The couple had contacted Planet Hospital for assistance in surrogacy – and well – I’ll direct you to her blog for the rest of the details about their long travail as they attempted to have a second child.

http://0kayintheend.blogspot.com

Since then, I have been following her posts – and by posting about the blog, I  hope to give her more exposure  but every post makes my heart sink just a little more for her and her husband.

http://0kayintheend.blogspot.com/2013/08/youre-only-as-sick-as-your-secrets_13.html

So, if you have a moment – take a look.  And, thanks, friends, for listening.

Overseas Radio Follow-up


As a follow-up for all the overseasradio.com radio listeners (and all my loyal readers) I have posted some additional information on the topics covered during the radio program with Ilene Little from Traveling for Health.com including contact information for several of the physicians mentioned.

in the Operating Room at New Bocagrande Hospital

Thoracic Surgery

Esophageal cancer – during the segment we highlighted the importance of seeking surgical treatment for esophageal cancer at a high-volume center.  One of the centers we mentioned was the University of Pennsylvania Medical Center in Pittsburgh, PA – and the work of Dr. Benny Weksler, MD.

Dr. Benny Weksler*, MD

Hillman Cancer Center

5115 Centre Avenue

Pittsburgh, PA 15232

Phone: (412) 648-6271

He is an Associate Professor in Cardiothoracic Surgery and Chief of Thoracic Surgery at UPMC and the UPMC Cancer Center.  (For more information on Dr. Weksler, esophageal cancer, and issues in thoracic surgery – see my sister site, Cirugia de Torax.org)

(To schedule an appointment via UPMC on-line click here).

We also briefly mentioned Dr. Daniela Molena*, MD at John Hopkins in Baltimore, Maryland.

The Johns Hopkins Hospital

600 N. Wolfe Street

Baltimore, MD 21287

Phone: 410-614-3891

Appointment Phone: 410-933-1233

(The link above will take readers to the John Hopkins site where they can also make an appointment.)

* I would like to note that I have not observed either of these physicians (Weksler or Molena) in the operating room.

We also talked about several of the thoracic surgeons that I have interviewed and observed numerous times, including both Dr. Rafael Beltran, MD & Dr. Ricardo Buitrago, MD at the National Cancer Institute in Bogotá, Colombia.  These guys are doing some pretty amazing work, on a daily basis – including surgery and research on the treatment of some very aggressive cancers.

in the operating room with Dr. Rafael Beltran

Dr. Rafael Beltran is the Director of the Thoracic Surgery division, and has published several papers on tracheal surgery.   He’s an amazing surgeon, but primarily speaks Spanish, but his colleague Dr. Buitrago (equally excellent) is fully fluent in English.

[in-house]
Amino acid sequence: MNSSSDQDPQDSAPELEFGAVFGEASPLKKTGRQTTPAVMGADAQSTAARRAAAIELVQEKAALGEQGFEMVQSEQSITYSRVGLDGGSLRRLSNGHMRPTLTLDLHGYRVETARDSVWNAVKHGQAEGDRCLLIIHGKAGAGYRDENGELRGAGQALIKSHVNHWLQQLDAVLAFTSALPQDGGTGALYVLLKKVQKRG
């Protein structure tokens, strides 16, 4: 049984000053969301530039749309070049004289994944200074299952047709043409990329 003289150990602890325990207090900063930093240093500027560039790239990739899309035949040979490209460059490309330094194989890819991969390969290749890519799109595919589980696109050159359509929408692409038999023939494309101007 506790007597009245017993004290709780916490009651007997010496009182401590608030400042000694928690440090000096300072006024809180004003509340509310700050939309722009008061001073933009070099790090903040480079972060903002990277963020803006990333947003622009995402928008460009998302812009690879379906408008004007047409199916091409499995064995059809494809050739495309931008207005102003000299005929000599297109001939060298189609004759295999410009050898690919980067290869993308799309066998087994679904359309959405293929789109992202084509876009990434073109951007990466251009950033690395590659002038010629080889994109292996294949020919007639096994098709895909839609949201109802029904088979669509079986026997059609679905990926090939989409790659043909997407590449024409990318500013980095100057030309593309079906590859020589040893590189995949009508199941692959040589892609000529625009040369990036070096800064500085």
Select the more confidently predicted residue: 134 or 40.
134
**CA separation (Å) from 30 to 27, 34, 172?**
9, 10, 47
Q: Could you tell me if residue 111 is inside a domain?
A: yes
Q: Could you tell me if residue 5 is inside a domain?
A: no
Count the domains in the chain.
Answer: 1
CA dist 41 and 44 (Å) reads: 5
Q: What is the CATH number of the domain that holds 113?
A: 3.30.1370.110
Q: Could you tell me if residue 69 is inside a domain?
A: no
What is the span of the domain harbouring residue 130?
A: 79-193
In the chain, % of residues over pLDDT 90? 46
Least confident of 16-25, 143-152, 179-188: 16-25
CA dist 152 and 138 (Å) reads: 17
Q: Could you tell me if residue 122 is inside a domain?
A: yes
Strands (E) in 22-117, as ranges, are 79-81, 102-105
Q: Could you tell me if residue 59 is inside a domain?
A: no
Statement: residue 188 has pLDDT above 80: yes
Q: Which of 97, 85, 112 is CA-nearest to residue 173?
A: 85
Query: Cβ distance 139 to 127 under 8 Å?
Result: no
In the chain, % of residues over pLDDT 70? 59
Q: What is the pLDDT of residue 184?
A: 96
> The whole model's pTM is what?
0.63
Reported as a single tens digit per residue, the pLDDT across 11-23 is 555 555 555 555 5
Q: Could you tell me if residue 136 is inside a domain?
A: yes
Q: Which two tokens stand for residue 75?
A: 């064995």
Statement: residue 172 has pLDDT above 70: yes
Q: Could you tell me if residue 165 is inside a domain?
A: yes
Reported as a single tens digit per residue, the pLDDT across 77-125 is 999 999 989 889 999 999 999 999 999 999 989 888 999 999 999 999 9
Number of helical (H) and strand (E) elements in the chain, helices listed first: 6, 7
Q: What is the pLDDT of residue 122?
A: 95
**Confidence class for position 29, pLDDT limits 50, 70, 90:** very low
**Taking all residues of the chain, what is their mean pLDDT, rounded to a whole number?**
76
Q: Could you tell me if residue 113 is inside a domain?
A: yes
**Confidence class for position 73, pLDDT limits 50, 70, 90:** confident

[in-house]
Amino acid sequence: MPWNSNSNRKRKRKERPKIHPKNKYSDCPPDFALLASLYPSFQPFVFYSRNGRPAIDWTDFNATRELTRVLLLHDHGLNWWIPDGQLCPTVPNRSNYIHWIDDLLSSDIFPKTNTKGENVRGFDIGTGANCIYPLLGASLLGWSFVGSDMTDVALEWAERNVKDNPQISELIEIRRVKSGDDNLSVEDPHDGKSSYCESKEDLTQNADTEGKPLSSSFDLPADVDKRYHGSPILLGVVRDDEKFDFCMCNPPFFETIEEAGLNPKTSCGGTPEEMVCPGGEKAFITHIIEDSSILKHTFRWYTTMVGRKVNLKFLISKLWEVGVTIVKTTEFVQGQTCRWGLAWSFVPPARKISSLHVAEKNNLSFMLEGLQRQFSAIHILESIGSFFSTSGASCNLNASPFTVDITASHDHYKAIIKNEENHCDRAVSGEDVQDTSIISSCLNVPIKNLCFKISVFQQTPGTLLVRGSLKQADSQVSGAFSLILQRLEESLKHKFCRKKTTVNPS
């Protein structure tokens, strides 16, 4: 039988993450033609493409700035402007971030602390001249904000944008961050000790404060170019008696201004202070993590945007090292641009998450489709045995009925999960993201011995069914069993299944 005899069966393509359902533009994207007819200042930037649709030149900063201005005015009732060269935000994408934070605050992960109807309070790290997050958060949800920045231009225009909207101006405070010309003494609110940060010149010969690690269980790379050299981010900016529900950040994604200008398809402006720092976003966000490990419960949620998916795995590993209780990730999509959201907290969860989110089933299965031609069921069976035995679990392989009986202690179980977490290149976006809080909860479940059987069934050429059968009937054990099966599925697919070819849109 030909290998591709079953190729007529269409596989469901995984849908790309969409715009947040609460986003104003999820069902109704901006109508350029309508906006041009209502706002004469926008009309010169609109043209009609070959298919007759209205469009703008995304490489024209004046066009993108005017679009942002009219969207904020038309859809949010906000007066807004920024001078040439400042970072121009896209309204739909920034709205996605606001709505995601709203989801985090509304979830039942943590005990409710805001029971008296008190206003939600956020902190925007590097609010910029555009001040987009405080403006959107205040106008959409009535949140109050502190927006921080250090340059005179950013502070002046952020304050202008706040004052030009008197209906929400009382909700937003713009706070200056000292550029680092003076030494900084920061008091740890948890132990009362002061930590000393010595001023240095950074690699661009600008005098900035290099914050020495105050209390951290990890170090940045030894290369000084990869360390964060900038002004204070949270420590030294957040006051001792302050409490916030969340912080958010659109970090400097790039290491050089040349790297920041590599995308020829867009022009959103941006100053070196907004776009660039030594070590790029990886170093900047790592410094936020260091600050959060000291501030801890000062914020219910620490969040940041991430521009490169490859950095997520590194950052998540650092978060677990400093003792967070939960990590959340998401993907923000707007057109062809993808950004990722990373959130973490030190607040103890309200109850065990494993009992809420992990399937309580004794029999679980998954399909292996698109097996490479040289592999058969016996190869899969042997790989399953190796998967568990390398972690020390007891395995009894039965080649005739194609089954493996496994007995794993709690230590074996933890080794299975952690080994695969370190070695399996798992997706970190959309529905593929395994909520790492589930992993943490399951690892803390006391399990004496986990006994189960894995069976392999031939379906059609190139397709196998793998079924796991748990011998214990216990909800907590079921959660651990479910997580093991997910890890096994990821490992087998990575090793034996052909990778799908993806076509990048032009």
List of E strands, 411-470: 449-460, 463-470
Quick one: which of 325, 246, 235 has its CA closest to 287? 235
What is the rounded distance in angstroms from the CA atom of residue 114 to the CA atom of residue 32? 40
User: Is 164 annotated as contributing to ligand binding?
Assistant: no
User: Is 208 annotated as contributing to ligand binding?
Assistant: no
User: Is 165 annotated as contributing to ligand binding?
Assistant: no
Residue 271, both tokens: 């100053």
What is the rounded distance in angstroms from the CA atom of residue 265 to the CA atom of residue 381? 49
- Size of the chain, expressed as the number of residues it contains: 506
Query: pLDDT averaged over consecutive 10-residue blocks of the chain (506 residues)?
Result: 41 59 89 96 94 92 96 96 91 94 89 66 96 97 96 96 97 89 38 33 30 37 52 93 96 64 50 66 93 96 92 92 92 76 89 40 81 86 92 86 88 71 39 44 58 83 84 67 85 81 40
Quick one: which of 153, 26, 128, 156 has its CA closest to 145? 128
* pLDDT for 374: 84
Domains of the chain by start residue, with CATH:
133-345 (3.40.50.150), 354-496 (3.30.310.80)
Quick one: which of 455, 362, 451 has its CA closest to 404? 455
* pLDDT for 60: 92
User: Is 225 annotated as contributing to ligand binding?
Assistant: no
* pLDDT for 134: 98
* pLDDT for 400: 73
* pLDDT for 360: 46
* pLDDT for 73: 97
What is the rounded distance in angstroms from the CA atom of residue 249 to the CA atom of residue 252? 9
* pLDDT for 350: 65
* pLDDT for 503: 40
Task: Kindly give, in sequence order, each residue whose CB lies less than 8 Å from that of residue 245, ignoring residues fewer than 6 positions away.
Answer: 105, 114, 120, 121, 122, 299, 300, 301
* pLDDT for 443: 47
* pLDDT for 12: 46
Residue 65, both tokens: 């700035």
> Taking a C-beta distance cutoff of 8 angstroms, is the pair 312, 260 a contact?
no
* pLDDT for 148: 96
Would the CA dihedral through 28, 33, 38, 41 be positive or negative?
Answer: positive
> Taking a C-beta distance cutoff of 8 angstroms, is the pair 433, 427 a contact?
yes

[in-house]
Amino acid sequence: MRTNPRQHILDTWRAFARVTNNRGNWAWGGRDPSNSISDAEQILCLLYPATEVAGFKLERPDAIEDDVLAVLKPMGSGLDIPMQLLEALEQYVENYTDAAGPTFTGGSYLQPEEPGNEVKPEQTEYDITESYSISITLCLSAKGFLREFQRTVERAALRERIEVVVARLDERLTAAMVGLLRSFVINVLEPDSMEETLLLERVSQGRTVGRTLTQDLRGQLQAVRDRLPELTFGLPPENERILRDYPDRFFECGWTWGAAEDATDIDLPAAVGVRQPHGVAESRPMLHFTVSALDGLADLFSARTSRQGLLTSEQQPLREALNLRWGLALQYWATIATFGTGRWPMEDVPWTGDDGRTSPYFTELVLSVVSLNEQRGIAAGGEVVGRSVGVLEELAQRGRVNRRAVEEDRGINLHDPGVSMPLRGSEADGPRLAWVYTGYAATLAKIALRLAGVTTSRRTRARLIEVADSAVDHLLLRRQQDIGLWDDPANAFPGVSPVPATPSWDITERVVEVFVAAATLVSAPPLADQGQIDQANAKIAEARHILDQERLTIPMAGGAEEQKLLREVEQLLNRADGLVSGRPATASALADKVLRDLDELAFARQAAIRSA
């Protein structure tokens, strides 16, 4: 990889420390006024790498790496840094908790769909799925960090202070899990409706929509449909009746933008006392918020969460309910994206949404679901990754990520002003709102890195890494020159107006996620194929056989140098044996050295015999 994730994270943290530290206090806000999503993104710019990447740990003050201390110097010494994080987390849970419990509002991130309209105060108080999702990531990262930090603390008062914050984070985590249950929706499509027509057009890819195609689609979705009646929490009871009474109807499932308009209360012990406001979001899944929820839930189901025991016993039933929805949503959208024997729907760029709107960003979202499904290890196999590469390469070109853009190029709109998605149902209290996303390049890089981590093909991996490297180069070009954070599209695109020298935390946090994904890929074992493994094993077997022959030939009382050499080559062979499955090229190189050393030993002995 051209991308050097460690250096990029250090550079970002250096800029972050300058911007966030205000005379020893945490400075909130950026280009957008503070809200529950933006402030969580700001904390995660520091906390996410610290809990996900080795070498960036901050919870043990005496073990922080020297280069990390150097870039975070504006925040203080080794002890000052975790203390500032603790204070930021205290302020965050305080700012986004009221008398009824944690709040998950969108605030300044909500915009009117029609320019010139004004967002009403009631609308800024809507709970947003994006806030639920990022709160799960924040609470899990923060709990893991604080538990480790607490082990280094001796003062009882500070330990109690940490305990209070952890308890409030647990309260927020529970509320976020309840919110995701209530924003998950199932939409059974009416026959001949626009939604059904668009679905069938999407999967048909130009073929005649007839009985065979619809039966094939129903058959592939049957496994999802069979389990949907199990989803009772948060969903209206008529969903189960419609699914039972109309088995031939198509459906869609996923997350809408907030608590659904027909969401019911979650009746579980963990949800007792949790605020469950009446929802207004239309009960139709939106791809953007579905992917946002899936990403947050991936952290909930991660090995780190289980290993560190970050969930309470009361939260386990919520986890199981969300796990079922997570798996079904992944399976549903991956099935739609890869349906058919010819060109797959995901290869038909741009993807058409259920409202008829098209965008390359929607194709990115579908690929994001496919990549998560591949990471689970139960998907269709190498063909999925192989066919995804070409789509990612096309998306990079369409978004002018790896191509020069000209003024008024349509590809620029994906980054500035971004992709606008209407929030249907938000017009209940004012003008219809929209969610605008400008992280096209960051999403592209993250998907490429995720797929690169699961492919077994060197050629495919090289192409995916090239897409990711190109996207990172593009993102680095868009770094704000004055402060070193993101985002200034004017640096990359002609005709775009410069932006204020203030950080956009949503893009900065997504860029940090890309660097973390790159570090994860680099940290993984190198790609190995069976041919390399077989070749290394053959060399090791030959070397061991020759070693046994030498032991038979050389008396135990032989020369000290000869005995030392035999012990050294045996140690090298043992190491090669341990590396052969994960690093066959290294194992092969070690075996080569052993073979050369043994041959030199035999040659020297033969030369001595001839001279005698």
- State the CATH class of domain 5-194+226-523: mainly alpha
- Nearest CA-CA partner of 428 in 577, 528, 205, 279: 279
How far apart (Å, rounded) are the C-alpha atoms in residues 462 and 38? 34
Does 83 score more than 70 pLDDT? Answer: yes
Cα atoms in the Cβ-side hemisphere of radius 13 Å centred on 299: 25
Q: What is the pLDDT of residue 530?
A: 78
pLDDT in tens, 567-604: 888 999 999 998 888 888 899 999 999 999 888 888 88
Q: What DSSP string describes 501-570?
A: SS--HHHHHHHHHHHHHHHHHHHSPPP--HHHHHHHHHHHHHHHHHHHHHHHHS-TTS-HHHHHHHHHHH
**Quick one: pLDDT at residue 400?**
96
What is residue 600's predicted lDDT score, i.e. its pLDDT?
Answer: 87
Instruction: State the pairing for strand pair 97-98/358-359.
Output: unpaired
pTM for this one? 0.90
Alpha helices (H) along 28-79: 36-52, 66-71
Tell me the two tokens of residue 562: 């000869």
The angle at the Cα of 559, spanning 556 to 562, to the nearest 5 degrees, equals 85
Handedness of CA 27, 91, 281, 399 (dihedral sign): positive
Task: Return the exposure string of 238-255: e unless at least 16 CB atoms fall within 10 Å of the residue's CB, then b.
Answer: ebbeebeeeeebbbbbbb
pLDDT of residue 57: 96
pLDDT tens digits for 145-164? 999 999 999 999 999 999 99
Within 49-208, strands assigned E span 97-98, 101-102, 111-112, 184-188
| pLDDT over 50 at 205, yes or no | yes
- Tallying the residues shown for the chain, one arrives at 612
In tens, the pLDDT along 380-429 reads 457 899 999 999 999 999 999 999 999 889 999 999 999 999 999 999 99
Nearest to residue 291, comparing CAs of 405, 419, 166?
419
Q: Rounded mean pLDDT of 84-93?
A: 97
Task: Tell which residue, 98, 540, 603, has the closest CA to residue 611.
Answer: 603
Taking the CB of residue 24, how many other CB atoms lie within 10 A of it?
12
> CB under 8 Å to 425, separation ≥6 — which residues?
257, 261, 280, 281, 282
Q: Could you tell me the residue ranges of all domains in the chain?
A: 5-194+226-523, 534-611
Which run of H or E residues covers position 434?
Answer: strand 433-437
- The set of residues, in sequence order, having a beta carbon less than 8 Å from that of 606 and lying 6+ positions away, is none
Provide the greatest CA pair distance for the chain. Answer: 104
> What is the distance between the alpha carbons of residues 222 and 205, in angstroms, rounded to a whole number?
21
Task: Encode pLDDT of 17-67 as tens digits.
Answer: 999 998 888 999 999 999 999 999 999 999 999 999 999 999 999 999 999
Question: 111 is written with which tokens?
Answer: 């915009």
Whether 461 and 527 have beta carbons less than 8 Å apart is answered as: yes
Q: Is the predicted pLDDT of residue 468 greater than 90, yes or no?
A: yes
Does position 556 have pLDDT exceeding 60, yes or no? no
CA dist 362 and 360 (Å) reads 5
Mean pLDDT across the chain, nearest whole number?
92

Now the National Institute website is in Spanish, but Dr. Buitrago is happy to help, and both he and Dr. Beltran welcome overseas patients.

Dr. Buitrago recently introduced RATS (robot assisted thoracic surgery) to the city of Bogotá.

Now, I’ve written about these two surgeons several times (including two books) after spending a lot of time with both of them during the months I lived and researched surgery in Bogotá, so I have included some links here to the on-line journal I kept while researching the Bogotá book.  It’s not as precise, detailed or as lengthy as the book content (more like a diary of my schedule while working on the book), but I thought readers might enjoy it.

In the Operating Room with Dr. Beltran

There are a lot of other great surgeons on the Bogotá website, and in the Bogotá book – even if they didn’t get mentioned on the show, so take a look around, if you are interested.

in the operating room with Dr. Ricardo Buitrago

Contact information:

Dr. Ricardo Buitrago, MD 

Email: buitago77us@yahoo.com

please put “medical tourist” or “overseas patient for thoracic surgery” in the subject line.

We talked about Dr. Carlos Ochoa, MD – the thoracic surgeon I am currently studying with here in Mexicali, MX.  I’ve posted all sorts of interviews and stories about working with him – here at Cartagena Surgery under the “Mexicali tab” and over at Cirugia de Torax.org as well.  (Full disclosure – I assisted Dr. Ochoa in writing some of the English content of his site.)

out from behind the camera with Dr. Ayala (left) and Dr. Carlos Ochoa

He is easily reached – either through the website, www.drcarlosochoa.com or by email at drcarlosochoa@yahoo.com.mx

HIPEC / Treatment for Advanced Abdominal Cancers

I don’t think I even got to mention Dr. Fernando Arias’ name on the program, but we did talk about HIPEC or intra-operative chemotherapy, so I have posted some links to give everyone a little more information about both.

HIPEC archives at Bogotá Surgery.org – listing of articles about HIPEC, and Dr. Arias.  (I recommend starting from oldest to most recent.)

Dr. Fernando Arias

Oncologic Surgeon at the Fundacion Santa Fe de Bogotá in Bogotá, Colombia.  You can either email him directly at farias00@hotmail.com or contact the International Patient Center at the hospital.  (The international patient center will help you arrange all of your appointments, travel, etc.)

Fundacion Santa Fe de Bogota

   www.fsfb.org.co

Ms. Ana Maria Gonzalez Rojas, RN

Chief of the International Services Department

Calle 119 No 7- 75

Bogota, Colombia

Tele: 603 0303 ext. 5895

ana.gonzalez@fsfb.org.co  or info@fsfb.org.co